Turning to the first preferred embodiment of the invention, in each of FIGS. 4-10, the treated surfaces are represented by elements 20, 21, drawn as opaque or light-diffusing coatings having an exaggerated thickness so that the principles of the first preferred embodiment may be more readily understood. It is to be understood, however, that the surface treatments applied may consist of any surface treatments that have the effect of absorbing or scattering light and that can be applied to selective surfaces by means of a mask, die, tool, or the like. In addition to coatings, possible surface treatments include delustering, chemical or laser etching, casting, and differential polishing of previously roughened surfaces, as well as any other surface treatment methods described in the above-cited patents or patent applications, or that are known or may become known to those skilled in the art. For example, if the surfaces are treated by printing, graphic images may be added so that the blocked image or scene is replaced by a graphic image.

Also in each of FIGS. 4-10, the untreated surfaces are represented by surfaces 24, 25. Although referred to as “untreated,” however, it is to be understood that surfaces 24, 25 may in fact be treated to enhance transmission of light through the surfaces, for example by polishing, curing, adding transparent protective coatings, and or printing of portions of the surfaces so as to superimpose graphic images on the images being viewed through the screen. The term “untreated” is intended to mean “not altered to diffuse or attenuate light.”

Turning to specific implementations of the first preferred embodiment of the invention, FIG. 4 illustrates an arrangement in which the above-described surface treatment is applied to a conventional microprism sheet of the type described in U.S. patent application Ser. No. 09/481,942, i.e., a microprism sheet having a plurality of grooves defined by two intersecting sets of surfaces. In this implementation of the first preferred embodiment, the privacy screening effect is obtained by surface treating both surfaces 20, 21 of alternate grooves to create a louver, so that rays 22 at a first range of angles A and rays 23 at a second range of angles B are selectively attenuated or blocked.

In the implementation illustrated in FIG. 5, the standard microprism sheet illustrated in FIG. 4 is modified by spacing the grooves to form truncated prism structures, which has the advantage that all parallel surfaces in the sheet may be coated, rather than alternate parallel surfaces as in the embodiment of FIG. 4. This should have the effect of simplifying manufacture of the screen without adversely affecting its optical properties, the angles of the privacy zones created by treated surfaces 20, 21 being the same in this implementation as in the implementation of FIG. 4.

In the implementation illustrated in FIG. 6, the sheet includes untreated lenticular elements 26. Again, as in implementation of FIG. 5, the treated surfaces 20, 21 constitute all parallel groove-defining surfaces on one side of the sheet, enabling simplified manufacture of the privacy screen. The use of lenticular elements 26 permits optical effects to be added to the privacy screening effect. For the illustrated semi-cylindrical lenticular elements, the optical effect obtained is magnification of the image, although it will be appreciated that other effects could be obtained by varying the shape of the lenticular elements. The lenticular elements may, for example, include conventional one or two dimensional lenticular elements (i.e., barrel shaped or hemispherical lenses), and lens structures having concavities or other departures from the illustrated structures.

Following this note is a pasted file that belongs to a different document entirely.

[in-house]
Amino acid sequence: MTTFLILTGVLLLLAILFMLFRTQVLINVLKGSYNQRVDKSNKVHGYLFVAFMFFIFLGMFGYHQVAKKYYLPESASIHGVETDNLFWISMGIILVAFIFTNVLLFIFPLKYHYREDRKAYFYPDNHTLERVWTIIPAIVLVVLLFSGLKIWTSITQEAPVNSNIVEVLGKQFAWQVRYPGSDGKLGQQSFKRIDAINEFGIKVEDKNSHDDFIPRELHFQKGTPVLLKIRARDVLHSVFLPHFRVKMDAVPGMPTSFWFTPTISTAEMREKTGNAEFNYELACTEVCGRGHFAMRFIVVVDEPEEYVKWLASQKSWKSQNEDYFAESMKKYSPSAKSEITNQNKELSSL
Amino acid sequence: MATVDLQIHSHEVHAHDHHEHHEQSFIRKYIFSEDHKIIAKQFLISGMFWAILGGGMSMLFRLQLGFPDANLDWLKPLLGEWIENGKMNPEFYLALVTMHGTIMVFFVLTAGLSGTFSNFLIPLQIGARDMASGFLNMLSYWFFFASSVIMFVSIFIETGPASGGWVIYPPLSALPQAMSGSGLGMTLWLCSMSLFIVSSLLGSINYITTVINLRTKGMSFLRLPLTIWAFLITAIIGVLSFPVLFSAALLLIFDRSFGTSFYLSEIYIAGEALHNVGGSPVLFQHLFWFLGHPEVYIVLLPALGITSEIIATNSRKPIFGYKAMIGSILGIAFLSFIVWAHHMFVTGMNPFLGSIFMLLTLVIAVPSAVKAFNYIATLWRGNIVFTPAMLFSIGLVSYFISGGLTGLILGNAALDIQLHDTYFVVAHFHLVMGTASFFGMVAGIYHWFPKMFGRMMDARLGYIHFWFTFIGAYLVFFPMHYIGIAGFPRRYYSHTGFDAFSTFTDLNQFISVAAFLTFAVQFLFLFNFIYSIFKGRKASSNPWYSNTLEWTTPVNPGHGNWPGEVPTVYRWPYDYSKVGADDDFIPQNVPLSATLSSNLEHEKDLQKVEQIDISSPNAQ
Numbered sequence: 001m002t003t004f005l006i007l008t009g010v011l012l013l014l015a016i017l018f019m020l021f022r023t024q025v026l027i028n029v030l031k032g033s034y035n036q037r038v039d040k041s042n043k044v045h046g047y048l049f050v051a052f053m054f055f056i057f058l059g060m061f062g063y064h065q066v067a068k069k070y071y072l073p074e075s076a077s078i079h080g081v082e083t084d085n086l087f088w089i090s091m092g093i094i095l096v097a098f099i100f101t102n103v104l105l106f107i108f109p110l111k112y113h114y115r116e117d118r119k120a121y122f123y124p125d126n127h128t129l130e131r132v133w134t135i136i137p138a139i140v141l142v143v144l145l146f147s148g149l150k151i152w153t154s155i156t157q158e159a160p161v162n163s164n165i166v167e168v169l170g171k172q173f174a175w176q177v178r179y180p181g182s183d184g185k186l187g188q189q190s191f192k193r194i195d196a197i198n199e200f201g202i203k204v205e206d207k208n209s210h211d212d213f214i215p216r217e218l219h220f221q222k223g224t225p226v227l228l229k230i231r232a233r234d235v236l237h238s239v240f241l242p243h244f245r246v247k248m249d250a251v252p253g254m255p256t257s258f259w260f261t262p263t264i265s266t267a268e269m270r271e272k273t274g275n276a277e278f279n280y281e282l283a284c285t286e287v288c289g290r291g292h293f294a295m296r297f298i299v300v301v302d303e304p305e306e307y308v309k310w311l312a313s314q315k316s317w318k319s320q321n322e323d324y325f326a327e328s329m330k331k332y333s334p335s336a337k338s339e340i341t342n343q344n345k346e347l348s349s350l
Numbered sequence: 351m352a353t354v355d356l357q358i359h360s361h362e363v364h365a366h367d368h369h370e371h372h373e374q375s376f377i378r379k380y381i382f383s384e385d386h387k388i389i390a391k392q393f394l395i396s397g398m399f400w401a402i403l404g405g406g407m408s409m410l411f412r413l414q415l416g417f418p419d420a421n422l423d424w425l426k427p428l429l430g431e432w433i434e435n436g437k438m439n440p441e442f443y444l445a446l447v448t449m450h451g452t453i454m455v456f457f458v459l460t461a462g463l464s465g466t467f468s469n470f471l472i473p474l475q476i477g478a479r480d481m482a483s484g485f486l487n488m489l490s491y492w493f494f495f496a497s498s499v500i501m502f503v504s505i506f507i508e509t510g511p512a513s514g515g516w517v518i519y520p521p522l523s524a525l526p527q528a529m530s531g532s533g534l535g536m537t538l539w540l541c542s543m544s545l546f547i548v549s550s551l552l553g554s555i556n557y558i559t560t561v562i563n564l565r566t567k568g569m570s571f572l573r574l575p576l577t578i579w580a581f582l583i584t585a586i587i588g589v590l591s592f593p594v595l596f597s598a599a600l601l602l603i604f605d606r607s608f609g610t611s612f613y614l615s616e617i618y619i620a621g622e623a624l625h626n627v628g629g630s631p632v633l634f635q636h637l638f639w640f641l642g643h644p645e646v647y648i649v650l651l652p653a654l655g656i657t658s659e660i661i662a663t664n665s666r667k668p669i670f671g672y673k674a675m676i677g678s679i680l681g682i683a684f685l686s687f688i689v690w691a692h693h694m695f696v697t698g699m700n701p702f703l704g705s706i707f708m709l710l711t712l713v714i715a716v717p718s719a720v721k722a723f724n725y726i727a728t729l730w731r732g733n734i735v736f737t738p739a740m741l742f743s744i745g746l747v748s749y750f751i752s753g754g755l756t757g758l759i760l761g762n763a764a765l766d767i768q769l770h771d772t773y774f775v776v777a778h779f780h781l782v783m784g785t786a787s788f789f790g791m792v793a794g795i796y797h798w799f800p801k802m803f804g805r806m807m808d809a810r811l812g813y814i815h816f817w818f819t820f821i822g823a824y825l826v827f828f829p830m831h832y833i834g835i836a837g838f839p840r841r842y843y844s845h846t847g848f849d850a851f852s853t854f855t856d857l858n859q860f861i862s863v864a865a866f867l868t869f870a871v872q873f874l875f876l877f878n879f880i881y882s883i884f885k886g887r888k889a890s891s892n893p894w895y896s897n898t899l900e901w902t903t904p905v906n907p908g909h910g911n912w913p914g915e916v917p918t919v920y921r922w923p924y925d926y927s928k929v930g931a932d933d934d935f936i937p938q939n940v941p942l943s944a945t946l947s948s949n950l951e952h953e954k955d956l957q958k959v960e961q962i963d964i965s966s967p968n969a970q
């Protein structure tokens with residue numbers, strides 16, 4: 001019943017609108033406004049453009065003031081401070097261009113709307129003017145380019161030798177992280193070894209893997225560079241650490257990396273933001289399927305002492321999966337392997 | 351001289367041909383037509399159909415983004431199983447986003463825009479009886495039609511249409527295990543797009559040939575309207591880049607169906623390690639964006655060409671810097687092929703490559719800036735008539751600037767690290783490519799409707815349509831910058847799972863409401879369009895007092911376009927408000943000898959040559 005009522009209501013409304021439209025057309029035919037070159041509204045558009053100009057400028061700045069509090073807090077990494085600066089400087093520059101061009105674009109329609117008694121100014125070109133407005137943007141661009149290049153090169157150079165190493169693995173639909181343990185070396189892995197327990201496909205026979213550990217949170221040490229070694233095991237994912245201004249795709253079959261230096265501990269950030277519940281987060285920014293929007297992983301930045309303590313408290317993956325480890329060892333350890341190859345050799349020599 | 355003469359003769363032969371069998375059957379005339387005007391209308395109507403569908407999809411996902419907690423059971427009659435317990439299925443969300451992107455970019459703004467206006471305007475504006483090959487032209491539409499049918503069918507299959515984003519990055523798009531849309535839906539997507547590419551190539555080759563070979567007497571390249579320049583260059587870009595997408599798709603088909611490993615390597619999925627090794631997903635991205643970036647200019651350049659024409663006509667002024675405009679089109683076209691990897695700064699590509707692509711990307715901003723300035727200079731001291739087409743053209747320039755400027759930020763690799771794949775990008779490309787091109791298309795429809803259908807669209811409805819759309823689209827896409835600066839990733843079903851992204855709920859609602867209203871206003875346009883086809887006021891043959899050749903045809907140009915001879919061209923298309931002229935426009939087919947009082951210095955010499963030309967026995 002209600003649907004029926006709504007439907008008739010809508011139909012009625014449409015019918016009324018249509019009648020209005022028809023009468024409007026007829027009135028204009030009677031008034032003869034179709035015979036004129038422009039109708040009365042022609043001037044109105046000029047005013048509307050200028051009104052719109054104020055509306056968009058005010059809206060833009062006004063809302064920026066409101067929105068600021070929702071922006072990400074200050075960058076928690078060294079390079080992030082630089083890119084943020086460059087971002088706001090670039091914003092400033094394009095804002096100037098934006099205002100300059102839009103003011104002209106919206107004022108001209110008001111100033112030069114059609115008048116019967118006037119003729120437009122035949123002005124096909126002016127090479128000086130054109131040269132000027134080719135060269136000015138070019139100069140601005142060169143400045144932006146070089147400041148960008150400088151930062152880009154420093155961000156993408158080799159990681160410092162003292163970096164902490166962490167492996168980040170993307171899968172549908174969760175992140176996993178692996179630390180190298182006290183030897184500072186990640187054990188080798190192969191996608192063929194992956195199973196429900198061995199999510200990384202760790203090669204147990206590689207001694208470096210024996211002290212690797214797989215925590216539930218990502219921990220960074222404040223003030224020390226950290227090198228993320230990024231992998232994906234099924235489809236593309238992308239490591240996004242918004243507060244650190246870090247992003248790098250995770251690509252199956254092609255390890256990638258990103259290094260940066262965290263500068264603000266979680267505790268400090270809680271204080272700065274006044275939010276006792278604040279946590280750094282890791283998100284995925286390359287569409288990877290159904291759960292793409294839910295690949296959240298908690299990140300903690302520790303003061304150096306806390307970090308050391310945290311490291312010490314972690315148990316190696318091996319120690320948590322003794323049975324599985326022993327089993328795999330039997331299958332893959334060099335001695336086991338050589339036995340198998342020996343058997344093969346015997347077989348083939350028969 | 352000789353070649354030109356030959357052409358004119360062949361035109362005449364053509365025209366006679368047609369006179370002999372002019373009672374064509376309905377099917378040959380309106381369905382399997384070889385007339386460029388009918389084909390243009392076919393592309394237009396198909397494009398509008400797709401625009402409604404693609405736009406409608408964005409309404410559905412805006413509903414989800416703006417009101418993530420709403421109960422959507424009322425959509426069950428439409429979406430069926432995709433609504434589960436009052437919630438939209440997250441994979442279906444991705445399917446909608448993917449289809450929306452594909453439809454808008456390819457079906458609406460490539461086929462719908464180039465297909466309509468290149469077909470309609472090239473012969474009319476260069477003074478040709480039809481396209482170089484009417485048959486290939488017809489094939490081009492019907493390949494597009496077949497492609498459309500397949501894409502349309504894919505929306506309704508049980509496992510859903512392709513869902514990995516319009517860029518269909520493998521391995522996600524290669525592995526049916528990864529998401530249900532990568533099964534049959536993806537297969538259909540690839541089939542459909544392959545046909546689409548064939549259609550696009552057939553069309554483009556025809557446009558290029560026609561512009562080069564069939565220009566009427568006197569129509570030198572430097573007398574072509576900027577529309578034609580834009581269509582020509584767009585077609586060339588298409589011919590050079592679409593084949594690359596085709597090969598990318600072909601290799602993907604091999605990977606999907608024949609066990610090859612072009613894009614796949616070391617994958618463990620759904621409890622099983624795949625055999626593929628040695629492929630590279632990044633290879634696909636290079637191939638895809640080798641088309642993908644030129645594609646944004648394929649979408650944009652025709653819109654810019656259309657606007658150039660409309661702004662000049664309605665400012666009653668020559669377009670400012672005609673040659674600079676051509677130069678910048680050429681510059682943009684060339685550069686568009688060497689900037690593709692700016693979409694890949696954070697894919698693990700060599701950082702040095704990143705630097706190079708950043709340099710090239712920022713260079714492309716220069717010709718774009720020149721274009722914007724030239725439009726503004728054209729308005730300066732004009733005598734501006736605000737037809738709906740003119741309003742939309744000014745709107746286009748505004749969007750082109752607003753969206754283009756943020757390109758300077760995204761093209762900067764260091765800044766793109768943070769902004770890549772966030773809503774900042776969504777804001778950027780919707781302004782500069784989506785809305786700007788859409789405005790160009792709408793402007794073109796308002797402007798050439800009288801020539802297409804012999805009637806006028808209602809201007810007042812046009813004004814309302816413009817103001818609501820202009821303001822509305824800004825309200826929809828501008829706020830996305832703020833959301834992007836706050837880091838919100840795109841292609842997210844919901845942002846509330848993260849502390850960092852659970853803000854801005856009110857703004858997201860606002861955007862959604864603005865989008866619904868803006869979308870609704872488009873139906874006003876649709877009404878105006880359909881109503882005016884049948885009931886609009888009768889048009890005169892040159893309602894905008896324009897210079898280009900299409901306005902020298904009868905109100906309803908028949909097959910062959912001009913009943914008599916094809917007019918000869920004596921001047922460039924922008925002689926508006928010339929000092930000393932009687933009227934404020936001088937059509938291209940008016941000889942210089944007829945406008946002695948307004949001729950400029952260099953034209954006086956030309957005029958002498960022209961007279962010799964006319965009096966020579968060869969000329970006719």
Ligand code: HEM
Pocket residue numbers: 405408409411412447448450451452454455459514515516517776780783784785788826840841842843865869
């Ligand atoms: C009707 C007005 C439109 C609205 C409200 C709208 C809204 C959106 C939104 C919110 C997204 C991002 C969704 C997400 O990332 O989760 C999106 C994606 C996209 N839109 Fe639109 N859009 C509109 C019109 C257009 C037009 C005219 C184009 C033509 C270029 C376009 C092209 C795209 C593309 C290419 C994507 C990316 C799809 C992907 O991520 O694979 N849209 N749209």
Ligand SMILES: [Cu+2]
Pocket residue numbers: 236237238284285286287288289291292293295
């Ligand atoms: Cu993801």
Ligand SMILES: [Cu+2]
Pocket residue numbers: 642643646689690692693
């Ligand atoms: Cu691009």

The implementation illustrated in FIG. 7 also involves lenticular structures 26, but in order to further extend the image modification capabilities of the lenticular structures, includes parallel, spaced-apart grooves on both sides of the microprism sheet, enabling inclusion of the lenticular structures 26 on either or both sides of the sheet. In the illustrated implementation, the lenticular structures 26 may, depending on their exact shape, be used for such purposes as image compression, modification, or special effects.

The implementations illustrated in FIGS. 8-10 involve partial treatment of surfaces of the various sheets. While achieving treatment of portions of the groove surfaces would appear to be technically more difficult than treatment of complete surfaces, such partial treatment permits the use of accordion-shaped sheets, i.e., sheets with alternating grooves on opposite sides of the sheet, as illustrated in FIG. 8, and/or enables treatment of each groove rather than alternating grooves without having to space the grooves apart (or truncate the prisms), as can be seen by comparing FIG. 9 with FIG. 4 and FIG. 10 with FIG. 7.

According to the variation of the first preferred embodiment illustrated in FIGS. 14-18, the field-of-view controlling arrangement is made up of a lenticular sheet that include staggered rows of lenticular elements in the form of truncated tetrahedral structures 100 having five sets of mutually parallel surfaces indicated by reference numerals 101-105. According to the principles of this embodiment of the invention, any one or more of surfaces 101-105 may be selectively treated to provide a privacy screening effects, the range of angles of which is determined by the orientations of the treated surfaces in a manner similar to the that of the privacy screens illustrated in FIGS. 1-10. For example, in the arrangement of FIG. 15, only surface 101 is treated, while in the arrangements of FIGS. 16-18, surfaces 101 and 105; 101, 104, and 105; and 101 and 104 are respectively subjected to a light-attenuating surface treatment in the manner described above with respect to FIGS. 1-10.